Tandy, who directed the government prosecution of Toombs and the Reckmeyers, cites several other examples of how the two rings were, at times, concentric.

One of the alleged kingpins in the Toombs case, Leon D. Harvey of Fairfax, who is still a fugitive, is wanted on charges of distributing drugs with the Reckmeyers. In addition to sharing dozens of Washington area "stashhouses" for their drugs, Tandy says, the two rings employed the same pool of "little crooks," individuals who served as warehouse guards and businessmen who helped launder the profits.

Securing testimony from the "little crooks" was critical, Tandy says, because most of the criminal activity had occurred before a Justice Department Organized Crime Drug Enforcement Task Force decided to investigate the Reckmeyers.

"The majority of the witnesses the government had have been users of speed, heroin and cocaine," said John Dowd, Robert Reckmeyer's attorney. "They were up against the wall and facing life imprisonment."

Tandy said she realized that the testimony of such individuals probably would not be enough in court, so a paper chase began.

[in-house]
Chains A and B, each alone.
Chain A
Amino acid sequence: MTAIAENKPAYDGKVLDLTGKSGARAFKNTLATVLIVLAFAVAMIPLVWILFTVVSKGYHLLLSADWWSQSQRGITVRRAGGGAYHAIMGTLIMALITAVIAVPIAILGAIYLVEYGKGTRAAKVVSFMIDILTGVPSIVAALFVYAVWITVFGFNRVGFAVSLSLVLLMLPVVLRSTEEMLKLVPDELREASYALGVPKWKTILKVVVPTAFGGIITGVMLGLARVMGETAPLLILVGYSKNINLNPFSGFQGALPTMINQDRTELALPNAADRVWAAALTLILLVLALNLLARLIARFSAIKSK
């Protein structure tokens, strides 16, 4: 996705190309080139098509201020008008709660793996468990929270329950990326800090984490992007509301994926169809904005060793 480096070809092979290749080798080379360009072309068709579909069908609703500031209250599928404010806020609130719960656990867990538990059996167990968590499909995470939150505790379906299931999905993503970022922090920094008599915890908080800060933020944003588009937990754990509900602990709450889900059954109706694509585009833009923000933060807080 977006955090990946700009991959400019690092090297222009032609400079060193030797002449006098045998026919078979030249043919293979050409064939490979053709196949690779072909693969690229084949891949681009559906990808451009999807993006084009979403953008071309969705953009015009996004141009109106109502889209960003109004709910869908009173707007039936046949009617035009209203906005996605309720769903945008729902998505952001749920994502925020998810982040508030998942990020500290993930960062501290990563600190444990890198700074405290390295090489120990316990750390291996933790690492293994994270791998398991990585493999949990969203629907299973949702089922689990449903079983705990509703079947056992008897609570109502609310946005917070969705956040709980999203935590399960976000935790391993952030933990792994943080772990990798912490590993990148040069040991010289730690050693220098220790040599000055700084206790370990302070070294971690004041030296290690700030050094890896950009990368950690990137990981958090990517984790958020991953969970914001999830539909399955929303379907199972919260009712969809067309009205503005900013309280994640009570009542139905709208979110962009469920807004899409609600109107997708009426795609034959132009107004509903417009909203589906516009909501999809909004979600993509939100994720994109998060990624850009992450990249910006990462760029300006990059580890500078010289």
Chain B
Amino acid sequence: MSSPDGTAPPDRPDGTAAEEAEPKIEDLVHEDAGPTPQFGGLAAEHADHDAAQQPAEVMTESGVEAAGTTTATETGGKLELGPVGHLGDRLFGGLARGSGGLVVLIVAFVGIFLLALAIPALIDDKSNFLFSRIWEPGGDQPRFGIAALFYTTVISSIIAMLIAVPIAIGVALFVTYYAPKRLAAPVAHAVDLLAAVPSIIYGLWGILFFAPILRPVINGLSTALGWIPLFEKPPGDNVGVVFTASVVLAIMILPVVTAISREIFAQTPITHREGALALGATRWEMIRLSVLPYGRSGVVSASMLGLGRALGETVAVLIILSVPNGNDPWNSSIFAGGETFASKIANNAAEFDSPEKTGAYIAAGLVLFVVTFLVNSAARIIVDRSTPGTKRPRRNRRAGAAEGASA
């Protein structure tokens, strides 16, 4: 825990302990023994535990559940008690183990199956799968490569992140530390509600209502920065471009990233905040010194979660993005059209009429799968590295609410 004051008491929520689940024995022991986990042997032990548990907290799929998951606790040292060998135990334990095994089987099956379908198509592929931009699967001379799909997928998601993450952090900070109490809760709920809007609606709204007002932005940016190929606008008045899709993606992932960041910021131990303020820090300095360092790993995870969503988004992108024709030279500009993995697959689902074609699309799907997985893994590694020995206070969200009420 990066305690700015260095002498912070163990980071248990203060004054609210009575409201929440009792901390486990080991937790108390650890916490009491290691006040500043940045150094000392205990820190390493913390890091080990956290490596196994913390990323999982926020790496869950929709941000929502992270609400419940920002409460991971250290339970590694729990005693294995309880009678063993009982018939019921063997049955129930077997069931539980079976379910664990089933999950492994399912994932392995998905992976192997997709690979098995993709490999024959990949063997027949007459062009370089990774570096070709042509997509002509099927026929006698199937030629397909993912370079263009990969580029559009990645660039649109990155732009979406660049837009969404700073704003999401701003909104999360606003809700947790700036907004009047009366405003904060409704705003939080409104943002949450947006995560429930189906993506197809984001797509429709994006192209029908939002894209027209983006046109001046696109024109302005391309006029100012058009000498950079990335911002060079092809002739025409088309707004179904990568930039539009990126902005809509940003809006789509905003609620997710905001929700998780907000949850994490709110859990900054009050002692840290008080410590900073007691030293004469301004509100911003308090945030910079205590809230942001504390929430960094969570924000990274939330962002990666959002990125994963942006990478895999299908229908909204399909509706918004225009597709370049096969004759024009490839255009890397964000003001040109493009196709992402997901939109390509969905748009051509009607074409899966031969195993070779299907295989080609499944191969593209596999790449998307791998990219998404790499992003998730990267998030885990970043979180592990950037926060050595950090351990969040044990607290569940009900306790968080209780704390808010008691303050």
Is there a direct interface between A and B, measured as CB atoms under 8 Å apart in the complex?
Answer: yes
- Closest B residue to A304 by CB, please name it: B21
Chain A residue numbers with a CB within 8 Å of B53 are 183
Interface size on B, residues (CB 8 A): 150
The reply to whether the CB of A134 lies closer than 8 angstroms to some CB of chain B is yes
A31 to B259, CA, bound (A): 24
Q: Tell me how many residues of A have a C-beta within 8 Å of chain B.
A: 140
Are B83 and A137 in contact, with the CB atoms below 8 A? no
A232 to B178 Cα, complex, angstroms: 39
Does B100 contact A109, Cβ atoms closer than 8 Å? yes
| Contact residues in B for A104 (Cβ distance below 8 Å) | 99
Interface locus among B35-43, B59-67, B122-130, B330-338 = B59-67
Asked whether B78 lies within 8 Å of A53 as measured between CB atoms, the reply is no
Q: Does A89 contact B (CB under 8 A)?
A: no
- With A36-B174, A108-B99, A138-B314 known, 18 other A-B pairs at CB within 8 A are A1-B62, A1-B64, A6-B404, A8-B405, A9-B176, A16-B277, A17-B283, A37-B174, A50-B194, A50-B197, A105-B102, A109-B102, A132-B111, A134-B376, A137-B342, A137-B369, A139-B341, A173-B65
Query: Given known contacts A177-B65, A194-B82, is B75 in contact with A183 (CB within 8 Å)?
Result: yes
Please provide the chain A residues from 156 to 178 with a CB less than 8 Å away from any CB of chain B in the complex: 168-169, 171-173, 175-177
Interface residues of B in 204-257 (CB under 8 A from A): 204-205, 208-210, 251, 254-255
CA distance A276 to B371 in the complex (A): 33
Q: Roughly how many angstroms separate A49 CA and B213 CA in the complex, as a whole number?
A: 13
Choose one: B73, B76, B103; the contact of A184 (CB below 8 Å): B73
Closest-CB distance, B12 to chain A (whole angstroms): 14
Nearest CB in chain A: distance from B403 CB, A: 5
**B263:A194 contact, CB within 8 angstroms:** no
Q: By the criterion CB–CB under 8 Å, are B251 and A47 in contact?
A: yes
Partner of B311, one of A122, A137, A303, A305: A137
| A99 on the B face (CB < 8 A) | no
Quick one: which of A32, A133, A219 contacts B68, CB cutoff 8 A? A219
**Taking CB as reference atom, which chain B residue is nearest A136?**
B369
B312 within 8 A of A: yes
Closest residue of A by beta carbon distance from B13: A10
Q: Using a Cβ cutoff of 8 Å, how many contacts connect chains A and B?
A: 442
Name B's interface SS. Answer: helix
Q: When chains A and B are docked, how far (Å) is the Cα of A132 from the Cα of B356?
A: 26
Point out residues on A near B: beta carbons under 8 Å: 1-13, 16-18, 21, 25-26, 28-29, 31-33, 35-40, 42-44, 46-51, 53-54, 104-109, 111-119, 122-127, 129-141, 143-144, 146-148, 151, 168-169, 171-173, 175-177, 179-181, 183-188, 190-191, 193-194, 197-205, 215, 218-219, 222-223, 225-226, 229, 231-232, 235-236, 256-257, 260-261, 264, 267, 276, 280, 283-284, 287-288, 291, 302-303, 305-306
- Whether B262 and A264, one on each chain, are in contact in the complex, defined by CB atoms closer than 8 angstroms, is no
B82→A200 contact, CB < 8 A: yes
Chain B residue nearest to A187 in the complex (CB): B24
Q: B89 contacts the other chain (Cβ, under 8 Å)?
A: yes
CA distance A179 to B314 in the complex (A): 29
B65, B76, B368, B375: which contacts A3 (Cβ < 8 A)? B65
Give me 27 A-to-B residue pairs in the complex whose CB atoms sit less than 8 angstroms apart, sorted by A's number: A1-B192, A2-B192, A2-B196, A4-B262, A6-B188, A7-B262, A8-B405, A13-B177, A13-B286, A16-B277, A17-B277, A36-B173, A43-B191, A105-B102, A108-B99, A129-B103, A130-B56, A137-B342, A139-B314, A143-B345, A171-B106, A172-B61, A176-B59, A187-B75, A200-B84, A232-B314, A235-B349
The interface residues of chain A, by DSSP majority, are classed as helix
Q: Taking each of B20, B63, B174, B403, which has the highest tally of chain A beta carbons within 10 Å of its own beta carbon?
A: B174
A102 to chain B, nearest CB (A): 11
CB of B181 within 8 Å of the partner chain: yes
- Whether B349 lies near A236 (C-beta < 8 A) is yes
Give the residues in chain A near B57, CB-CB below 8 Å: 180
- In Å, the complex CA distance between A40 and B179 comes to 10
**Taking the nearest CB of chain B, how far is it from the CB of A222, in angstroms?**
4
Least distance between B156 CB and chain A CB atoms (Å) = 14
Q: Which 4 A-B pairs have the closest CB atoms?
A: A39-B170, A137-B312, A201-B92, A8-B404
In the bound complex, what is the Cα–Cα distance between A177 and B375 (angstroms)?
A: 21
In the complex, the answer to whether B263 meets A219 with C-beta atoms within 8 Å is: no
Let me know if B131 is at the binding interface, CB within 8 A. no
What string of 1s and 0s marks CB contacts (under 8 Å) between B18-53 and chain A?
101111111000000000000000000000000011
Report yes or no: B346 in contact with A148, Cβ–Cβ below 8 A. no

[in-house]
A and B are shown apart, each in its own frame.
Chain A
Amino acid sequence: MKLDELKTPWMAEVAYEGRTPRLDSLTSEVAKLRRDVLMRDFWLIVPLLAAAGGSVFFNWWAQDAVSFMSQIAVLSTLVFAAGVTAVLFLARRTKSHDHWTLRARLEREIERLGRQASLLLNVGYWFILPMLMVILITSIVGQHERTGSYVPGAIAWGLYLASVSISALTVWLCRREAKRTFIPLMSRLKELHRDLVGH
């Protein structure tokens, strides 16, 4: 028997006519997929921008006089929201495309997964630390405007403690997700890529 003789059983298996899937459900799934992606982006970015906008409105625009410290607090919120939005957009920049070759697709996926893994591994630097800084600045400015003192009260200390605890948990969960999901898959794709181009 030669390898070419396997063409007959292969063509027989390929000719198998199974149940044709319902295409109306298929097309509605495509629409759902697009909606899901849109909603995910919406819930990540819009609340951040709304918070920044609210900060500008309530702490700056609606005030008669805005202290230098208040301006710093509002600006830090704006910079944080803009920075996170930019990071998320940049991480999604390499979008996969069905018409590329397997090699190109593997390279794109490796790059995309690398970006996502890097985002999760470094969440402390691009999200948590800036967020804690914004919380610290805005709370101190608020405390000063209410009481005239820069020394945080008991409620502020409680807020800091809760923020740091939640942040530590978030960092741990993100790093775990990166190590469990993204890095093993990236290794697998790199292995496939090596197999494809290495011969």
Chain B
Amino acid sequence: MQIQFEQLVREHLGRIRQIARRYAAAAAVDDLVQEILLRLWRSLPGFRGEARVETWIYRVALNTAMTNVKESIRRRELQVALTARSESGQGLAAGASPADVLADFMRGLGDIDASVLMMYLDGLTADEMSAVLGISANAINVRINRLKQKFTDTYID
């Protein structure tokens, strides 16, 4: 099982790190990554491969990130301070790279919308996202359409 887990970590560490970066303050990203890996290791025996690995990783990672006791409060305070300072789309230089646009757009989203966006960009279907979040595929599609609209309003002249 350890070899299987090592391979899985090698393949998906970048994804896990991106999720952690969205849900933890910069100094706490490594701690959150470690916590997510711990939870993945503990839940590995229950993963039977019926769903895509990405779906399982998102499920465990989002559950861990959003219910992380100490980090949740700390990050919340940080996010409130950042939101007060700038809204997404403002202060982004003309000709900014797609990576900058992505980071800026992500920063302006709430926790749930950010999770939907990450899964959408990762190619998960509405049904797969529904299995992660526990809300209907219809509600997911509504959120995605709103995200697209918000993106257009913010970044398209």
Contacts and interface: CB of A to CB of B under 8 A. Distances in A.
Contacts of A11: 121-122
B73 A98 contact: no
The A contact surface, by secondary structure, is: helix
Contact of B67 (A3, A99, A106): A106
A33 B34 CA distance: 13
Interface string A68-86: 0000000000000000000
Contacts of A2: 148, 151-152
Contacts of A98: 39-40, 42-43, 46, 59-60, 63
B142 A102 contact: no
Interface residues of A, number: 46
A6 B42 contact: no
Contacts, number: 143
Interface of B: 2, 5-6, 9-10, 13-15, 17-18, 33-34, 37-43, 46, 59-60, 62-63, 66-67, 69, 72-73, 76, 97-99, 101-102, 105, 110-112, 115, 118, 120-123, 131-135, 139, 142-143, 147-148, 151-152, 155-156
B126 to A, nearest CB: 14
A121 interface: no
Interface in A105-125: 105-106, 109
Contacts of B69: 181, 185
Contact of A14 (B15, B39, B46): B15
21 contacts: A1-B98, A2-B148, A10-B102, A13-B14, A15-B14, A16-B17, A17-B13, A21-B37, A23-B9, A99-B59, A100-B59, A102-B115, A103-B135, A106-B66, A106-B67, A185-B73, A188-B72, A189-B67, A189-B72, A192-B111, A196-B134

Many of the documents were subpoenaed from the brothers and their numerous companies by an Alexandria grand jury.

In all, the investigators sifted through 50,000 documents to corroborate informants' testimony. "We subpoenaed all their financial records to see if they had a valid income to match their purchases," said IRS investigator James Meckley.

"That was one of Chris' problems," said Stanley Reed, Chris Reckmeyer's attorney. "He had so many visible assets, he had hundreds of cattle and a farm worth about $3 million. You just can't bury those in the ground."

Then the investigators interviewed customers of the Reckmeyers' rug, gem and organic foods businesses to see if the companies' sales were legitimate.

"It was like a puzzle, trying to figure where the money was coming from and where it was passing," said Meckley, who tracked some of the profits to Liechtenstein, the Bahamas and the Netherland Antilles.

Some of ring's profits may never be found, investigators say, but the IRS has filed property liens against the Reckmeyers seeking $72 million in back taxes and fines.

Customs agents also were alerted to the Reckmeyers, their aliases, and their employes. When Steven Scott Johnson, a courier in the Reckmeyer operation, entered a Miami airport from the Bahamas on Aug. 2, he was searched and $99,700 was seized in his false-bottomed suitcase.

"Once you're caught red-handed and realize that you're going to be facing nothing but walls for a long, long time, these guys always start talking," said Ray, the federal marshal.

Robert Reckmeyer, facing a possible life sentence, plea-bargained with the government March 13 in exchange for a 10- to 20-year term. His brother agreed to a similar arrangement the next day.

"They cracked this case by climbing up the ladder," said Toombs' attorney, Green.

"They had the little guys and they gradually worked their way up to the real money."